The Environmental Protection Department/Environmental Monitoring Section (EPD/EMS) administers the Savannah River Site's (SRS) Groundwater Monitoring Program. During fourth quarter 1991, EPD/EMS conducted extensive sampling of monitoring wells. EPD/EMS established two sets of criteria in 1986 to assist in the management of sample results. The flagging criteria do not define contamination levels; instead, they aid personnel in sample scheduling, interpretation of data, and trend identification. Beginning in 1991, the flagging criteria are based on EPA drinking water standards and method detection limits. A detailed explanation of the current flagging criteria is presented in the Flagging Criteria section of this document. Analytical results from fourth quarter 1991 are listed in this report.

  15. The Savannah River Site`s Groundwater Monitoring Program: Fourth quarter 1991

    Energy Technology Data Exchange (ETDEWEB)

    Rogers, C.D. [Westinghouse Savannah River Co., Aiken, SC (United States)

    1992-06-02

    The Environmental Protection Department/Environmental Monitoring Section (EPD/EMS) administers the Savannah River Site`s (SRS) Groundwater Monitoring Program. During fourth quarter 1991, EPD/EMS conducted extensive sampling of monitoring wells. EPD/EMS established two sets of criteria in 1986 to assist in the management of sample results. The flagging criteria do not define contamination levels; instead, they aid personnel in sample scheduling, interpretation of data, and trend identification. Beginning in 1991, the flagging criteria are based on EPA drinking water standards and method detection limits. A detailed explanation of the current flagging criteria is presented in the Flagging Criteria section of this document. Analytical results from fourth quarter 1991 are listed in this report.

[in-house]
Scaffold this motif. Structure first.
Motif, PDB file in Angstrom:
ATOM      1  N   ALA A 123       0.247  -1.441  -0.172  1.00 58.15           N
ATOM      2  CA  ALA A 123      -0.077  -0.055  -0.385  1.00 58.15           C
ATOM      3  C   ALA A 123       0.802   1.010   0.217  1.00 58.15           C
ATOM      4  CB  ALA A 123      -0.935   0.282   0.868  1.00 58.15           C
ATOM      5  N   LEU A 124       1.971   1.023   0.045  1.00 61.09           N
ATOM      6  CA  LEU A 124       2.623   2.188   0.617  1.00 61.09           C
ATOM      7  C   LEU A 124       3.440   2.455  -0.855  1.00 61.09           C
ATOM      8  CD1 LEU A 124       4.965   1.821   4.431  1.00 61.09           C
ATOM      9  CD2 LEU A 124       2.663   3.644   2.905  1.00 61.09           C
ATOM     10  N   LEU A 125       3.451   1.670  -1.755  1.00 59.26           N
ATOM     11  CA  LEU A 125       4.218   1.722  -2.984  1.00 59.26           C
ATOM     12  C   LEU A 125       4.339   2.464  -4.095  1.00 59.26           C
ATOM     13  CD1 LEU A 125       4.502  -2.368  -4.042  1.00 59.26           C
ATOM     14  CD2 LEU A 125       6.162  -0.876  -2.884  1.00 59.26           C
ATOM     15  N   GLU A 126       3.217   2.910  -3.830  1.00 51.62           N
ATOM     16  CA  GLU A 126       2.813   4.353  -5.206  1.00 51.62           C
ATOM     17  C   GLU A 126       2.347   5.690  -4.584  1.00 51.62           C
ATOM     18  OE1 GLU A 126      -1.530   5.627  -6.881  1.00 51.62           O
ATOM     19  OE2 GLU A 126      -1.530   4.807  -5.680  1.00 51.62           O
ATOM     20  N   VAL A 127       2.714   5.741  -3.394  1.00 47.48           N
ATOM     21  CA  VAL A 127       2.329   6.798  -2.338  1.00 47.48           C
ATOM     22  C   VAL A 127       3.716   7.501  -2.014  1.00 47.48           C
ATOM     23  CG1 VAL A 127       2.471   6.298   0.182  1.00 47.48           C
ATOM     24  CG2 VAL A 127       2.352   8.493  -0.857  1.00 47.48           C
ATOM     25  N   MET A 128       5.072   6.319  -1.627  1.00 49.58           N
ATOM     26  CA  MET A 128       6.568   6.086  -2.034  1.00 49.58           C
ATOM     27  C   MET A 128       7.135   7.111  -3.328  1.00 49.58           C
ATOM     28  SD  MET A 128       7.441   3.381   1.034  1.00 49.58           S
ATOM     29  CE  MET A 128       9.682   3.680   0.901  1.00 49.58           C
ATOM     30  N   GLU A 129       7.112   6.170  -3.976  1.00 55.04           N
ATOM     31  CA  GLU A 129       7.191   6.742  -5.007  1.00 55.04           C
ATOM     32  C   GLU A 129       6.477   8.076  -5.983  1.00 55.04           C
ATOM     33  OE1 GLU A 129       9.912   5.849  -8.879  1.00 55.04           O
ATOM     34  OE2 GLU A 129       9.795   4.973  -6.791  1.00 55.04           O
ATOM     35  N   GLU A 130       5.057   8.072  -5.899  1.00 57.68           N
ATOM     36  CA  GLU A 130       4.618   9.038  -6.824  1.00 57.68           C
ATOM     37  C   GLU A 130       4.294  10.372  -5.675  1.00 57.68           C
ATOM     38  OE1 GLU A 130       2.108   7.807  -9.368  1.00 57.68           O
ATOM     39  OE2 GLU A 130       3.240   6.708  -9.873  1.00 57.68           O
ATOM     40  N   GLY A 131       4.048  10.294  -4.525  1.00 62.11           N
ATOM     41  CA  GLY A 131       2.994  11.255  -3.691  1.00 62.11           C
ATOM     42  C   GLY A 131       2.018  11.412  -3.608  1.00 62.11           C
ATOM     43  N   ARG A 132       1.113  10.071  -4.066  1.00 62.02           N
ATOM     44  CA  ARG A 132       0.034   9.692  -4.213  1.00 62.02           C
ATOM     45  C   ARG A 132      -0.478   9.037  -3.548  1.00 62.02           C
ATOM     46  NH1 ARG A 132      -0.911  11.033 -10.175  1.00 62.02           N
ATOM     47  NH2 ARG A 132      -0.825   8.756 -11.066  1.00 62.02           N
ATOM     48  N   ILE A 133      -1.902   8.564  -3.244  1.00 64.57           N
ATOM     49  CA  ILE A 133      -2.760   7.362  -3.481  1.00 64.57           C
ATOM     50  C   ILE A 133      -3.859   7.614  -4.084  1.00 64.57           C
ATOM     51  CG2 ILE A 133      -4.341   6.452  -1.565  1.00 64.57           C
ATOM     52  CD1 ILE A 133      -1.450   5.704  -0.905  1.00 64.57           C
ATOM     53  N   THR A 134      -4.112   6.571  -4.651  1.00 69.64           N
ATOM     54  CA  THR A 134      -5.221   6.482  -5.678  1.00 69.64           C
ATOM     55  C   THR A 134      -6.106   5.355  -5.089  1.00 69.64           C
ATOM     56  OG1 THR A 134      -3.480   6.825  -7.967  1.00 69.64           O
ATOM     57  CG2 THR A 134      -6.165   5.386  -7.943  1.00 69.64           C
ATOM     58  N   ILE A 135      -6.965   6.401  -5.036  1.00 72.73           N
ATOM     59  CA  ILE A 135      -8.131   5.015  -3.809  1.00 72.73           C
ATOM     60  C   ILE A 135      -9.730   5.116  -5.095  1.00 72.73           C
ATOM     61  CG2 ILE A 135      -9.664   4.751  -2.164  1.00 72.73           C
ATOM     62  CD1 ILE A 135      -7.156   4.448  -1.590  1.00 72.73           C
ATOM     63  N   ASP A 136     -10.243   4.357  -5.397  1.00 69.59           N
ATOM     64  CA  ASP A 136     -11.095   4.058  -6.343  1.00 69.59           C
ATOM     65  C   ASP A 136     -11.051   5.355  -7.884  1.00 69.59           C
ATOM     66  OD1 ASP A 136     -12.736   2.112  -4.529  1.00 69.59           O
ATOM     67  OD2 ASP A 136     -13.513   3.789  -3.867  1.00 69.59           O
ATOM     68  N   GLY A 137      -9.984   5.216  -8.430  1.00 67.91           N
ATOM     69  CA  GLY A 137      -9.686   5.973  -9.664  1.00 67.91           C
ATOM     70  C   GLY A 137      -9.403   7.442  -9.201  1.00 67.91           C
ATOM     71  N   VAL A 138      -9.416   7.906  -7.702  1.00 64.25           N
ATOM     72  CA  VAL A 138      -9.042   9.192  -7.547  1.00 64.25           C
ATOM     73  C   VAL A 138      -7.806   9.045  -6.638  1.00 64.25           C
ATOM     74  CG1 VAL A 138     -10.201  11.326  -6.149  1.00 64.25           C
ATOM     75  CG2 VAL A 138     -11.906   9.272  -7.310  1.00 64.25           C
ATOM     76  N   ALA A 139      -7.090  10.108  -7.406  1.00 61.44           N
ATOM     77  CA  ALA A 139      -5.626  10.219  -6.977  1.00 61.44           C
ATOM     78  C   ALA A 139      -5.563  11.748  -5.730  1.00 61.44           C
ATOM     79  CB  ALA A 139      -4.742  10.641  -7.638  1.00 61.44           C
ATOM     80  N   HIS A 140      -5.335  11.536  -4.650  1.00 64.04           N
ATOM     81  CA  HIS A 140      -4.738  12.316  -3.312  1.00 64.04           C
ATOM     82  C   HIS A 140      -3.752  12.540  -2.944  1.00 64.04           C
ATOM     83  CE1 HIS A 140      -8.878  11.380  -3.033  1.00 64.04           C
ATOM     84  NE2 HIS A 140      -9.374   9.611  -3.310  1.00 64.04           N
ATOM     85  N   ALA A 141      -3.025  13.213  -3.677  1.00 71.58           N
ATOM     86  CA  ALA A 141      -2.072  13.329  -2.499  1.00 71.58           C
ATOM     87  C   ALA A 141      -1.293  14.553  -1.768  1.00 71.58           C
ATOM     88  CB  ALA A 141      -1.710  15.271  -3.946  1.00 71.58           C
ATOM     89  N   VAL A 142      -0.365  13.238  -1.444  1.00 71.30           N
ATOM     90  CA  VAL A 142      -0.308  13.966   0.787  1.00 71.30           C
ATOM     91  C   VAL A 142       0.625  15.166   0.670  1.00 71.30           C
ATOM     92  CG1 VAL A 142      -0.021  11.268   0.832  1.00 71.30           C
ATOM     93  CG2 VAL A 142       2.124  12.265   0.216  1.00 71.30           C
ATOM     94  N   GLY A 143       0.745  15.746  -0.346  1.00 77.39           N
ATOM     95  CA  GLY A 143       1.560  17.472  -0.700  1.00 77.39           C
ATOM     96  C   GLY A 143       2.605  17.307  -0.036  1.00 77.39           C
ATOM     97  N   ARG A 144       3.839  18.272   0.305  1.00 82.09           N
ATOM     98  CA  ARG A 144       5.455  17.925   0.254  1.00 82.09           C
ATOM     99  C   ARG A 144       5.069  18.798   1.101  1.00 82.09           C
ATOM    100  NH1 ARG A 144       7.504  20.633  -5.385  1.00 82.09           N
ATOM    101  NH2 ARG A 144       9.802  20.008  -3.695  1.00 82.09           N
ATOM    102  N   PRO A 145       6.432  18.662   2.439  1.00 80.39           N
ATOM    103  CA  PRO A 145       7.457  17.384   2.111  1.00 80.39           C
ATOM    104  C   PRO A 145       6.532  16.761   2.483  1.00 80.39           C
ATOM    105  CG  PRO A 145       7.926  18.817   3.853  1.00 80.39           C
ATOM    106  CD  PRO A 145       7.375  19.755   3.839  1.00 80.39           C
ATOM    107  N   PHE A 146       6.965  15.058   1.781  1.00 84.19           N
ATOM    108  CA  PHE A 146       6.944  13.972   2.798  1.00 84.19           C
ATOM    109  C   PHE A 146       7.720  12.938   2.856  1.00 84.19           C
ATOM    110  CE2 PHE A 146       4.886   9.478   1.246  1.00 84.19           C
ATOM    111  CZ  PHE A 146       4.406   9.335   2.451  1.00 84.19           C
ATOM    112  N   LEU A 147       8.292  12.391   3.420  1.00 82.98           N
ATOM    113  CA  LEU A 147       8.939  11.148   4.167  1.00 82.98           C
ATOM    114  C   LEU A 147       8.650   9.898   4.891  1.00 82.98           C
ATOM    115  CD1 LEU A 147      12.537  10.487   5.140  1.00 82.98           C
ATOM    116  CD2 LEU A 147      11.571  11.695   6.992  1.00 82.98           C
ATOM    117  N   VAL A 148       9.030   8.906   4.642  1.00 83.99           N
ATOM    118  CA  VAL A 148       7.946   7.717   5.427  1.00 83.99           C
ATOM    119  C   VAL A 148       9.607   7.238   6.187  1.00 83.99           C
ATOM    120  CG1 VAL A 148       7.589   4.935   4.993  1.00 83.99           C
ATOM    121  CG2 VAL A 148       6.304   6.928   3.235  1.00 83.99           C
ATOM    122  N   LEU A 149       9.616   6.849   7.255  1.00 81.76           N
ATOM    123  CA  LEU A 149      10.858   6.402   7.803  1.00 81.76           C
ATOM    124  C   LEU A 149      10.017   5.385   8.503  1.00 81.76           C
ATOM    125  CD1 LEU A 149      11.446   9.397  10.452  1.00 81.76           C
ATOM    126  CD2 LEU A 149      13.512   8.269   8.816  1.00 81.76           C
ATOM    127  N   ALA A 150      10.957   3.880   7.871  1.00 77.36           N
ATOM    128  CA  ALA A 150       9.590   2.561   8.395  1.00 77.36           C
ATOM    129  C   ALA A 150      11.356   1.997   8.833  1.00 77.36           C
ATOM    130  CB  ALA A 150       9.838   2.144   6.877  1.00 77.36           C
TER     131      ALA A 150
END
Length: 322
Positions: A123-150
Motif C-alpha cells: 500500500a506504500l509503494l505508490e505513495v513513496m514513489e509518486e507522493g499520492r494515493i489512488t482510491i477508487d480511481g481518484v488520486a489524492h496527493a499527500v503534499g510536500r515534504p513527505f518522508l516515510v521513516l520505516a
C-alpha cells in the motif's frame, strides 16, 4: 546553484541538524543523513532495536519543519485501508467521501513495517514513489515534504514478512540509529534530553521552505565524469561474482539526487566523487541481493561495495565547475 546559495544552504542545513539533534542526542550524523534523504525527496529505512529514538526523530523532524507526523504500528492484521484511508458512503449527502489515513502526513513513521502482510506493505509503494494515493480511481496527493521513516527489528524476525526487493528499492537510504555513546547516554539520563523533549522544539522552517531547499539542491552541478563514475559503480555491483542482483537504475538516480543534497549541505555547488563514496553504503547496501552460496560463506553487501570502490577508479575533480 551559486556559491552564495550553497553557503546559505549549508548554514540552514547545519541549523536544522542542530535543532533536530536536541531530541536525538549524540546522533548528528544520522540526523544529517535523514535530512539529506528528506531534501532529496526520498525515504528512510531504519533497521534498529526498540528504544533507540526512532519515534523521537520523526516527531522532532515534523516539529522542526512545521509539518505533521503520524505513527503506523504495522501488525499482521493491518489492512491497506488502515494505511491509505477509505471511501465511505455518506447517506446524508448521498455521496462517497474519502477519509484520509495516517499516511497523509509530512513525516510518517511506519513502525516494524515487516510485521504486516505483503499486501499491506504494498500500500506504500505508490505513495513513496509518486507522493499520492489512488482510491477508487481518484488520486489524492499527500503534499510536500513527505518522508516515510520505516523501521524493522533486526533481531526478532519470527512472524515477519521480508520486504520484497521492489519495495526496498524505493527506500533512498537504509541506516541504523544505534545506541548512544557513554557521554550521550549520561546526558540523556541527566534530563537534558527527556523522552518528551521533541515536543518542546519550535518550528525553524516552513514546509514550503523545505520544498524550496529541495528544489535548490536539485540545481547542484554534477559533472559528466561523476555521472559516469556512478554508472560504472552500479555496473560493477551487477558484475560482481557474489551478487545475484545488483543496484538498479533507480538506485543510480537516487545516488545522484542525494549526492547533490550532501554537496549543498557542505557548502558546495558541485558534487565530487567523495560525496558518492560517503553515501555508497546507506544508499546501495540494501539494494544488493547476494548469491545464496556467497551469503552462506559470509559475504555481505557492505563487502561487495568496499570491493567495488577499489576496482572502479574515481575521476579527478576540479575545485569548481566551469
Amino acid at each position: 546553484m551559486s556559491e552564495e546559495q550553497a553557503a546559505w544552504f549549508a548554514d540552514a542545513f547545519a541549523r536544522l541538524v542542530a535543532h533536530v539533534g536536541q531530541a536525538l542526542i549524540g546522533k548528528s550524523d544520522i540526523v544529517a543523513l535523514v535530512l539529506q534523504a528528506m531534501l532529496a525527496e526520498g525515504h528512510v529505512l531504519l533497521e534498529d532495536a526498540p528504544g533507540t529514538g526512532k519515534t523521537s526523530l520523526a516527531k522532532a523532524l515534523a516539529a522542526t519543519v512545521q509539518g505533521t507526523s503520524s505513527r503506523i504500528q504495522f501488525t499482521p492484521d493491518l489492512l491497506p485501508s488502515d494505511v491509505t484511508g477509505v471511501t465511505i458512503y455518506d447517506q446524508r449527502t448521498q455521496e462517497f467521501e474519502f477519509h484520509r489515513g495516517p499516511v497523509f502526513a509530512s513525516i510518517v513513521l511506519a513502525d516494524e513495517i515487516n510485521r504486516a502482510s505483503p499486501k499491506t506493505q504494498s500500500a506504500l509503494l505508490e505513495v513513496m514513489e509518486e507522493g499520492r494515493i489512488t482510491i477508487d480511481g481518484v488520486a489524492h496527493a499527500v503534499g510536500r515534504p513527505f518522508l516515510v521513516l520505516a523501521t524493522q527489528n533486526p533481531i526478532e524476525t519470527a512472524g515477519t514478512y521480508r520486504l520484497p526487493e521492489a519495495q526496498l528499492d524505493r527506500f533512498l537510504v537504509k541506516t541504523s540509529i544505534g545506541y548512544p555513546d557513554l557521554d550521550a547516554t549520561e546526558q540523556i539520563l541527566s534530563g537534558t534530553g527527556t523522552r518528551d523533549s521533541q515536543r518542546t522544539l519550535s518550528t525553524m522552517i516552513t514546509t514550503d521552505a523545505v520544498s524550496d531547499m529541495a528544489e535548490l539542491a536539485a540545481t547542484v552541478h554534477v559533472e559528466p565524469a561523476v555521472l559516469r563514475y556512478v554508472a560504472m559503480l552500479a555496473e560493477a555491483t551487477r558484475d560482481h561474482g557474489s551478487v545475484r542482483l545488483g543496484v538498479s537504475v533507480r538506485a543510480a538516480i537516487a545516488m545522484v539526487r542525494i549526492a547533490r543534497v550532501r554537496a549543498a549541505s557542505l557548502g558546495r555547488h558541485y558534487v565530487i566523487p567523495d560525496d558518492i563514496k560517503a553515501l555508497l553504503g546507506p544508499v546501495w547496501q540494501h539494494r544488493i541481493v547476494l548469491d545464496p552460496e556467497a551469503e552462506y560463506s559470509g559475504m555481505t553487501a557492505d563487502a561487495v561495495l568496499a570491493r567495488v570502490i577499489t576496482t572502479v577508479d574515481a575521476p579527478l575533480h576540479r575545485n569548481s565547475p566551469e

16. The Savannah River Site`s Groundwater Monitoring Program, first quarter 1989

    Energy Technology Data Exchange (ETDEWEB)

    1989-12-31

    The Environmental Monitoring Section of the Environmental and Health Protection (EHP) Department administers the Savannah River Site`s Groundwater Monitoring Program. During first quarter 1989 (January--March), EHP conducted routine sampling of monitoring wells and drinking water locations. EHP collected the drinking water samples from Savannah River Site (SRS) drinking water systems supplied by wells. EHP established two sets of flagging criteria in 1986 to assist in the management of sample results. The flagging criteria aid personnel in sample scheduling, interpretation of data, and trend identification. The flagging criteria are based on detection limits, background levels in SRS groundwater, and drinking water standards. An explanation of flagging criteria for the first quarter is presented in the Flagging Criteria section of this document. All analytical results from first quarter 1989 are listed in this report, which is distributed to all waste-site custodians.

  17. The Savannah River Site's Groundwater Monitoring Program, first quarter 1989

    Energy Technology Data Exchange (ETDEWEB)

    1989-01-01